Monday, January 23, 2012


When I tell people I have PPA and panic attacks, I know what they envision.  They envision a hyperventilating woman hiding in a corner trying to breathe.  I know, because that's how I envision panic attacks.  And I've had my fair share of those.  But those are easy to deal with.  I recognize them immediately, talk myself through it, and take a Xanax if I need it.  After a little while, I feel loopy, but not panicked.  Problem solved.

Unfortunately, that's not always how my panic attacks happen.  Often, my panic is hidden behind a calm facade of just feeling (and acting) distant.  A fog rolls in and clouds my mind, making it difficult to focus on anything.  My brain immediately searches out any stimulus, and focuses on it to the point of shutting off everything else.  It is a coping mechanism I learned as a child - if something is worrying me, I simply ignore it and try to shove it out of my mind.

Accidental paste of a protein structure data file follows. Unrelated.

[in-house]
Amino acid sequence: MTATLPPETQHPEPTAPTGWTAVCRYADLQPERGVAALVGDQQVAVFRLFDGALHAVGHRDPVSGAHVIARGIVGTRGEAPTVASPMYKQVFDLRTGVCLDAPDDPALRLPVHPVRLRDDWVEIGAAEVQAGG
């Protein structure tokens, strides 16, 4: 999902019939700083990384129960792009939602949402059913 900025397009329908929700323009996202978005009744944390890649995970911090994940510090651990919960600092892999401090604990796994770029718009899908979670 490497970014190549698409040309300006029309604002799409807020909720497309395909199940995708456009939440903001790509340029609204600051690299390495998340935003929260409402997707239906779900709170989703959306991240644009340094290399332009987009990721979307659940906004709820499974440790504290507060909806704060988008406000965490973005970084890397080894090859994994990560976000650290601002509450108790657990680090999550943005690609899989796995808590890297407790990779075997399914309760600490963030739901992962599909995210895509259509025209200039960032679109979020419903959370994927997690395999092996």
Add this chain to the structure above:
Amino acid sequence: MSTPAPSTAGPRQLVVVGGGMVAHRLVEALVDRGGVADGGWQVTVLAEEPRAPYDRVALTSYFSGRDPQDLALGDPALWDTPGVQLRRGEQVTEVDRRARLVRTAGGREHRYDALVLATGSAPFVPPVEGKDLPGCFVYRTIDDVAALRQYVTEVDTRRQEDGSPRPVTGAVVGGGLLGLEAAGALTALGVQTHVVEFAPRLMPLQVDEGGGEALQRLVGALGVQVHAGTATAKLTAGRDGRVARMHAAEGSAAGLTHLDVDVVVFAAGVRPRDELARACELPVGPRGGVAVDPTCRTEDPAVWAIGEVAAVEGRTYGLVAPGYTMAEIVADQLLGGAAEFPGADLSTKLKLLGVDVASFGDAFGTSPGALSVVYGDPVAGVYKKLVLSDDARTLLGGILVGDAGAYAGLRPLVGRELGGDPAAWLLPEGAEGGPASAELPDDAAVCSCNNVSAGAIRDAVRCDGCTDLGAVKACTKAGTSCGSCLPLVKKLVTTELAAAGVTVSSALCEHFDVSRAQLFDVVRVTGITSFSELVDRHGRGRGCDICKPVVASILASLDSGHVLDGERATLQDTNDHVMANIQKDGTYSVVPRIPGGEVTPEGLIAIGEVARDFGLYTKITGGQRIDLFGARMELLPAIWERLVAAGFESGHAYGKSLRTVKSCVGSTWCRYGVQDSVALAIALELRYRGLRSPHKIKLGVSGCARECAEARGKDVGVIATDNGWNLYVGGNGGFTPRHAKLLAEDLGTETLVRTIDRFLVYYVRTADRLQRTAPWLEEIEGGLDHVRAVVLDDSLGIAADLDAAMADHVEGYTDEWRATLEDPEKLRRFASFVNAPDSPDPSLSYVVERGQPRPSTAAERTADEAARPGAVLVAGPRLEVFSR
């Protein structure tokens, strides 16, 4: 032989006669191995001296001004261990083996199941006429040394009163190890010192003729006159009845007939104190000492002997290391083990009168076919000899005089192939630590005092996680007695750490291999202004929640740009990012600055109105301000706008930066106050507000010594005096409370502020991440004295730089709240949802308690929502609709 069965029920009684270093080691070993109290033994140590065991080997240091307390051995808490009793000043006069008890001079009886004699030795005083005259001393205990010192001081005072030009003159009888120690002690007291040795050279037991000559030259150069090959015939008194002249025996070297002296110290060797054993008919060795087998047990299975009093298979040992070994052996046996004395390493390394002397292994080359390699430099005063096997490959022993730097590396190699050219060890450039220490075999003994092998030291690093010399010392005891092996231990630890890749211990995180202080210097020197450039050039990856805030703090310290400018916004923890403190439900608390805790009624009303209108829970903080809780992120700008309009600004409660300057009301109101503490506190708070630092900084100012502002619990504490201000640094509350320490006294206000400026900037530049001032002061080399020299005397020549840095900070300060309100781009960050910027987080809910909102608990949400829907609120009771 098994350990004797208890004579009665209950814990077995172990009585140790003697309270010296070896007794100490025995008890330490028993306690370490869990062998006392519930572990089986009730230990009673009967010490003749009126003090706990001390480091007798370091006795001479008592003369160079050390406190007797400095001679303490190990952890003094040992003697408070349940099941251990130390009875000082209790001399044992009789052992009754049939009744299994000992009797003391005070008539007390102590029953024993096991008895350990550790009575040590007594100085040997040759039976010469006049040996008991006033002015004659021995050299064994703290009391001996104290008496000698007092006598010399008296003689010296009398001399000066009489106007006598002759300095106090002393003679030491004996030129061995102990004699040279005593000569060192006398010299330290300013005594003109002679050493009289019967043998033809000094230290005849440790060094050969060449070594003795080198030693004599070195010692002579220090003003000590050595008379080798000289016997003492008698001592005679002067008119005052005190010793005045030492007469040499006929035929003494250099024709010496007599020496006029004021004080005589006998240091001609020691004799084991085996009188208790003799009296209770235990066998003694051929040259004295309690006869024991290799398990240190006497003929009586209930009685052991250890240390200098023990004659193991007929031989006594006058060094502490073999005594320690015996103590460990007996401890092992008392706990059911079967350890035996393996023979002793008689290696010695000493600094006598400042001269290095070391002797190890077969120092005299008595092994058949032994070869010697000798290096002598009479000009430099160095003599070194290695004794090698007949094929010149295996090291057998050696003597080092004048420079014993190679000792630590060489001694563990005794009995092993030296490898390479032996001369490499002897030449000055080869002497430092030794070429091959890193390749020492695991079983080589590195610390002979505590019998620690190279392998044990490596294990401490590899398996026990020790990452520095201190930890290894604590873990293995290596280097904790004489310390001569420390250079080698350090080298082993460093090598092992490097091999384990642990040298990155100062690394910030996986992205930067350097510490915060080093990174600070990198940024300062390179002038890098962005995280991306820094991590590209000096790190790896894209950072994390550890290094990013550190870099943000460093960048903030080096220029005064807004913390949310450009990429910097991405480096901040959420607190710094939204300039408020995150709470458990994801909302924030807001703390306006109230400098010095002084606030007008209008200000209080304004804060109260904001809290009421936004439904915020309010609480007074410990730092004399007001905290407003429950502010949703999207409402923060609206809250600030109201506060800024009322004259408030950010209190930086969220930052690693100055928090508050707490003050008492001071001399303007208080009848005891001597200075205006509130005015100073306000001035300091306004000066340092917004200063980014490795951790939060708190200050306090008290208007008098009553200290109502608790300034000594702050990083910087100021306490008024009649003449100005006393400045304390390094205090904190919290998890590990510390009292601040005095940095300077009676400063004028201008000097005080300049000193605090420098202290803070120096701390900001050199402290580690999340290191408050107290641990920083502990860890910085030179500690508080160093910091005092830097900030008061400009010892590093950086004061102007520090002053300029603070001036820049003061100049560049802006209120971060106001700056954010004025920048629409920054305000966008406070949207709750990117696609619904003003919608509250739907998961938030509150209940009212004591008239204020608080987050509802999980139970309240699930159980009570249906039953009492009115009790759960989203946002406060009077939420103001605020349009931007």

The problem is, as an adult, I often don't recognize that this is what I'm doing.  It happens so automatically that I don't realize it until I finally look up to see that several hours have passed without feeling 'present' at all.  I know it looks like laziness, or worse, like I don't want to spend time with my family.  But in reality, my brain has gone on autopilot and is fighting the panic in the only way it knows how - by avoiding it.  And when I 'wake up' to the world around me, I feel terrible for wasting all of that precious time with the ones I love most.

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